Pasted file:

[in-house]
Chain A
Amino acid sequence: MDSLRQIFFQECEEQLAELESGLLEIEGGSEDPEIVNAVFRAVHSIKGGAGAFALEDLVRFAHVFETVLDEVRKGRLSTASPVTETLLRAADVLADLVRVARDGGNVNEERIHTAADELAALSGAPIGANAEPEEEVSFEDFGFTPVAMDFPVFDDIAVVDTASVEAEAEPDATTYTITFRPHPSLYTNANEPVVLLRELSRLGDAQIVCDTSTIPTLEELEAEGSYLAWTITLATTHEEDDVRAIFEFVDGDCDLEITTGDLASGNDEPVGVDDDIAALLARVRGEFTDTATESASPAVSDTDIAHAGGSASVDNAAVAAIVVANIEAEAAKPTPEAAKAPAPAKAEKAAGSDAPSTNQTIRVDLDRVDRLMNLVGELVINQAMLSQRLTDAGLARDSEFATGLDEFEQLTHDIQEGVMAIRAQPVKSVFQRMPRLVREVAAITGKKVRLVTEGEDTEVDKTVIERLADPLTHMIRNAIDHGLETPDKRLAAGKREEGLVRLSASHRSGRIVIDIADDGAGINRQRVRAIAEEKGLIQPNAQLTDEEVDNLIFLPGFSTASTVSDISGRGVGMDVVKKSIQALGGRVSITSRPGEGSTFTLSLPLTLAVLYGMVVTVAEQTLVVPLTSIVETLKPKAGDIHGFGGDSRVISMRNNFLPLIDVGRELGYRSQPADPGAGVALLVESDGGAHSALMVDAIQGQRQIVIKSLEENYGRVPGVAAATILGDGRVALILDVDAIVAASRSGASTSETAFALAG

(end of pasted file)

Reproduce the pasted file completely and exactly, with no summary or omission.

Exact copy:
[in-house]
Chain A
Amino acid sequence: MDSLRQIFFQECEEQLAELESGLLEIEGGSEDPEIVNAVFRAVHSIKGGAGAFALEDLVRFAHVFETVLDEVRKGRLSTASPVTETLLRAADVLADLVRVARDGGNVNEERIHTAADELAALSGAPIGANAEPEEEVSFEDFGFTPVAMDFPVFDDIAVVDTASVEAEAEPDATTYTITFRPHPSLYTNANEPVVLLRELSRLGDAQIVCDTSTIPTLEELEAEGSYLAWTITLATTHEEDDVRAIFEFVDGDCDLEITTGDLASGNDEPVGVDDDIAALLARVRGEFTDTATESASPAVSDTDIAHAGGSASVDNAAVAAIVVANIEAEAAKPTPEAAKAPAPAKAEKAAGSDAPSTNQTIRVDLDRVDRLMNLVGELVINQAMLSQRLTDAGLARDSEFATGLDEFEQLTHDIQEGVMAIRAQPVKSVFQRMPRLVREVAAITGKKVRLVTEGEDTEVDKTVIERLADPLTHMIRNAIDHGLETPDKRLAAGKREEGLVRLSASHRSGRIVIDIADDGAGINRQRVRAIAEEKGLIQPNAQLTDEEVDNLIFLPGFSTASTVSDISGRGVGMDVVKKSIQALGGRVSITSRPGEGSTFTLSLPLTLAVLYGMVVTVAEQTLVVPLTSIVETLKPKAGDIHGFGGDSRVISMRNNFLPLIDVGRELGYRSQPADPGAGVALLVESDGGAHSALMVDAIQGQRQIVIKSLEENYGRVPGVAAATILGDGRVALILDVDAIVAASRSGASTSETAFALAG